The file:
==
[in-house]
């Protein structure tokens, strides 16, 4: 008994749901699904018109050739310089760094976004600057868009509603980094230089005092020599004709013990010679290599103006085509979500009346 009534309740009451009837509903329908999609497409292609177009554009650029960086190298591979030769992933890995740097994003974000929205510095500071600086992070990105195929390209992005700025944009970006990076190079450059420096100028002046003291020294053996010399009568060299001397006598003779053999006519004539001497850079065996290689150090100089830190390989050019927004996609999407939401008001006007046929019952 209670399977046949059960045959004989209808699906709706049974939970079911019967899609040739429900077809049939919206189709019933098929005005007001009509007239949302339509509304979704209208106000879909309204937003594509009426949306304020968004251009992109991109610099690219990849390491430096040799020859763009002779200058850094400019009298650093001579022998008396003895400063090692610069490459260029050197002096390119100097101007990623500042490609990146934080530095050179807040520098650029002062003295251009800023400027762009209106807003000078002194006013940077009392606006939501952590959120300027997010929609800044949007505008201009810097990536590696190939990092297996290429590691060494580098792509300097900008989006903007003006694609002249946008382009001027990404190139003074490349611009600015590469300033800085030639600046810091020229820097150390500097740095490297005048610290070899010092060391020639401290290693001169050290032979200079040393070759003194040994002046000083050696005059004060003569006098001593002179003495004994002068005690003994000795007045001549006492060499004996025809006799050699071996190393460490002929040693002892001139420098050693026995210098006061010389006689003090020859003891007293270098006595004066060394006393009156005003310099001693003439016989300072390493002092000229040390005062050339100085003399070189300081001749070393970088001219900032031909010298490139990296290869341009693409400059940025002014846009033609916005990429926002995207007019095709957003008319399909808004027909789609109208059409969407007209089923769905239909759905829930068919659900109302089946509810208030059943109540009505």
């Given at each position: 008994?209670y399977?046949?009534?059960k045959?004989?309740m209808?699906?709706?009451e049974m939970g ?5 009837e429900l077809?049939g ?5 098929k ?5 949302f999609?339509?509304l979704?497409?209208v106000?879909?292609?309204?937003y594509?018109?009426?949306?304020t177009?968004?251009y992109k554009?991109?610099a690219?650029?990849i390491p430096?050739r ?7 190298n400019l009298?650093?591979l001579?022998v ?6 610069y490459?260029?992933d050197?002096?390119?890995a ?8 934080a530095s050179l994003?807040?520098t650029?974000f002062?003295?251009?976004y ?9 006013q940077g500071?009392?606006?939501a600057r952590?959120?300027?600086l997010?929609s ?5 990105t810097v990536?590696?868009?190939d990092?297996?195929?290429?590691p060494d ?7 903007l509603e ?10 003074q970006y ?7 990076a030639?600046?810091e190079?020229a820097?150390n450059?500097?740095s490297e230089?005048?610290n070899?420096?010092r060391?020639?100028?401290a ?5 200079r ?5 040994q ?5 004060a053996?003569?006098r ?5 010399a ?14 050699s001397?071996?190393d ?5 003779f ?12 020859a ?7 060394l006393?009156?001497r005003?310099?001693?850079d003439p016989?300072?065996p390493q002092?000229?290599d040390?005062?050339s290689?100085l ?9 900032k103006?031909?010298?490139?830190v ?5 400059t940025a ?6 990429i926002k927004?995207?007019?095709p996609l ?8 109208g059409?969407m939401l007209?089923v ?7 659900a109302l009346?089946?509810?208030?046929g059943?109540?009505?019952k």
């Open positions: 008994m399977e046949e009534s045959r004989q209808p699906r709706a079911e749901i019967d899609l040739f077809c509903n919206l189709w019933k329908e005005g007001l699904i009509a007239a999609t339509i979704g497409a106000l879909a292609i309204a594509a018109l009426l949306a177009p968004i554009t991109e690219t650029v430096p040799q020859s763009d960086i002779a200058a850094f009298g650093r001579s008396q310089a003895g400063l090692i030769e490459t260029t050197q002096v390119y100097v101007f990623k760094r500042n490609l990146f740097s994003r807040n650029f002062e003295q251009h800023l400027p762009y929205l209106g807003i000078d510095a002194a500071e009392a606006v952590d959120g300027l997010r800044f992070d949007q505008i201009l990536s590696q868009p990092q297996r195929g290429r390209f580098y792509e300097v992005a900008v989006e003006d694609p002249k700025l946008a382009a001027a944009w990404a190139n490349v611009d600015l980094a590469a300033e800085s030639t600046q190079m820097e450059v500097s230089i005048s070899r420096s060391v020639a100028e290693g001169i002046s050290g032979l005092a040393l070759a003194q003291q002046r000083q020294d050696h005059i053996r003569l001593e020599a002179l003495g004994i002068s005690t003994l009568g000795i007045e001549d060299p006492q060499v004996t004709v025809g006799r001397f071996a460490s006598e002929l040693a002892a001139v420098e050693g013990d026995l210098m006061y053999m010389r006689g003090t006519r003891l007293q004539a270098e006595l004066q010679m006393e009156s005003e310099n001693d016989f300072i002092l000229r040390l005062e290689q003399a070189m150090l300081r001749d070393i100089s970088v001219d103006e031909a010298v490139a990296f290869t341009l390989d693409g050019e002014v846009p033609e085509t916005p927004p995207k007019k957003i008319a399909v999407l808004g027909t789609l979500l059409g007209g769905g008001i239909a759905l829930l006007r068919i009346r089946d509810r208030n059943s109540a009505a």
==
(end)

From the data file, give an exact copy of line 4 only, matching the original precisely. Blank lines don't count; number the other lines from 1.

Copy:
């Open positions: 008994m399977e046949e009534s045959r004989q209808p699906r709706a079911e749901i019967d899609l040739f077809c509903n919206l189709w019933k329908e005005g007001l699904i009509a007239a999609t339509i979704g497409a106000l879909a292609i309204a594509a018109l009426l949306a177009p968004i554009t991109e690219t650029v430096p040799q020859s763009d960086i002779a200058a850094f009298g650093r001579s008396q310089a003895g400063l090692i030769e490459t260029t050197q002096v390119y100097v101007f990623k760094r500042n490609l990146f740097s994003r807040n650029f002062e003295q251009h800023l400027p762009y929205l209106g807003i000078d510095a002194a500071e009392a606006v952590d959120g300027l997010r800044f992070d949007q505008i201009l990536s590696q868009p990092q297996r195929g290429r390209f580098y792509e300097v992005a900008v989006e003006d694609p002249k700025l946008a382009a001027a944009w990404a190139n490349v611009d600015l980094a590469a300033e800085s030639t600046q190079m820097e450059v500097s230089i005048s070899r420096s060391v020639a100028e290693g001169i002046s050290g032979l005092a040393l070759a003194q003291q002046r000083q020294d050696h005059i053996r003569l001593e020599a002179l003495g004994i002068s005690t003994l009568g000795i007045e001549d060299p006492q060499v004996t004709v025809g006799r001397f071996a460490s006598e002929l040693a002892a001139v420098e050693g013990d026995l210098m006061y053999m010389r006689g003090t006519r003891l007293q004539a270098e006595l004066q010679m006393e009156s005003e310099n001693d016989f300072i002092l000229r040390l005062e290689q003399a070189m150090l300081r001749d070393i100089s970088v001219d103006e031909a010298v490139a990296f290869t341009l390989d693409g050019e002014v846009p033609e085509t916005p927004p995207k007019k957003i008319a399909v999407l808004g027909t789609l979500l059409g007209g769905g008001i239909a759905l829930l006007r068919i009346r089946d509810r208030n059943s109540a009505a």